"Make sure you vote the way your heart tells you and not some misleading tripe you’ve read on social media" - Andy Mitchell

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So here we are then at the end of a long, turgid and sometimes nasty General Election campaign.

It’s the election nobody really wanted, least of all with two weeks to go until Christmas, but you try telling Westminster types there are more pressing things to be getting on with at the moment.

The one thing that has marked out this campaign from the dozen or so that I’ve covered in my time as a journalist, is the vitriol that the electorate have directed towards candidates of all colours and persuasions.

It begs the question: Who on earth would want to stand for public office of any kind if it resulted in daily barracking, general nastiness and even death threats?

These souls deserve our full support.

Whatever your political persuasion, and I trust you have one, because you care passionately about what you believe would make a better country, I don’t believe anyone gets out of bed in the morning with the intention of causing abject chaos and misery.

Far too many nights are spent by some people typing out misleading rubbish to an audience who then believe everything they read on social media. Couple that with campaigns on all sides to discredit rivals in a way we never imagined 20 years ago, and the result is a toxic atmosphere where everyone hates everyone else and the day is miserable.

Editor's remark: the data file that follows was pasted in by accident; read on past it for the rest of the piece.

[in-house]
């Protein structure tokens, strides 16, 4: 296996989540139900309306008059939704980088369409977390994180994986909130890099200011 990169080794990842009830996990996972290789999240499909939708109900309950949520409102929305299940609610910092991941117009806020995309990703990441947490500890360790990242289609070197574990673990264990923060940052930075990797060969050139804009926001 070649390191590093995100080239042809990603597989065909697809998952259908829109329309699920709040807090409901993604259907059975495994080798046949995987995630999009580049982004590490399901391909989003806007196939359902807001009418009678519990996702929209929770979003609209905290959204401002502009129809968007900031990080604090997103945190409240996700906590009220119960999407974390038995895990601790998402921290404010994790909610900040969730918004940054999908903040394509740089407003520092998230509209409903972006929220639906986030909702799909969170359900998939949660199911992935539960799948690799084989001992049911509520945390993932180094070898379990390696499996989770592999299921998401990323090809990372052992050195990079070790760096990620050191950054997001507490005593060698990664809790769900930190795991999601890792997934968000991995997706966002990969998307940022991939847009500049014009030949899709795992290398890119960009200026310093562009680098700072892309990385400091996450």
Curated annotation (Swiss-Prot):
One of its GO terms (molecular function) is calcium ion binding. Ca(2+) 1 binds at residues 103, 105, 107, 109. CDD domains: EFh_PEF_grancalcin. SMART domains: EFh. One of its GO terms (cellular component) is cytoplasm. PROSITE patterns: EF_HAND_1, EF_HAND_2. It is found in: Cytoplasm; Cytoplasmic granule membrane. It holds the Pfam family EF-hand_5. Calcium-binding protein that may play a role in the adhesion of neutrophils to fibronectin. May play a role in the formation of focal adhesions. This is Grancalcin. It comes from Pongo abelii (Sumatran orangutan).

Yet it doesn’t have to be this way. We all need to stop and think about the wonderful position we are in. That we can cast our votes tomorrow in a free society is indeed a right, but it is also a privilege.

I’ve said in this column before that ranting on Facebook won’t mean a thing tomorrow when the polls are open, and those who haven’t already cast their postal vote get a chance to put an X next to the name THEY believe will make a difference.

Polling Day, of course, means no reporting of politics at all. Make sure you vote the way your heart tells you and not some misleading tripe you’ve read on social media.

Oh and first one to spot the traditional yarn about how we use pencils at the polling station so “they” can rub out and change who we’ve voted for, wins 50p.

I don’t believe anyone gets out of bed in the morning with the intention of causing abject chaos and misery.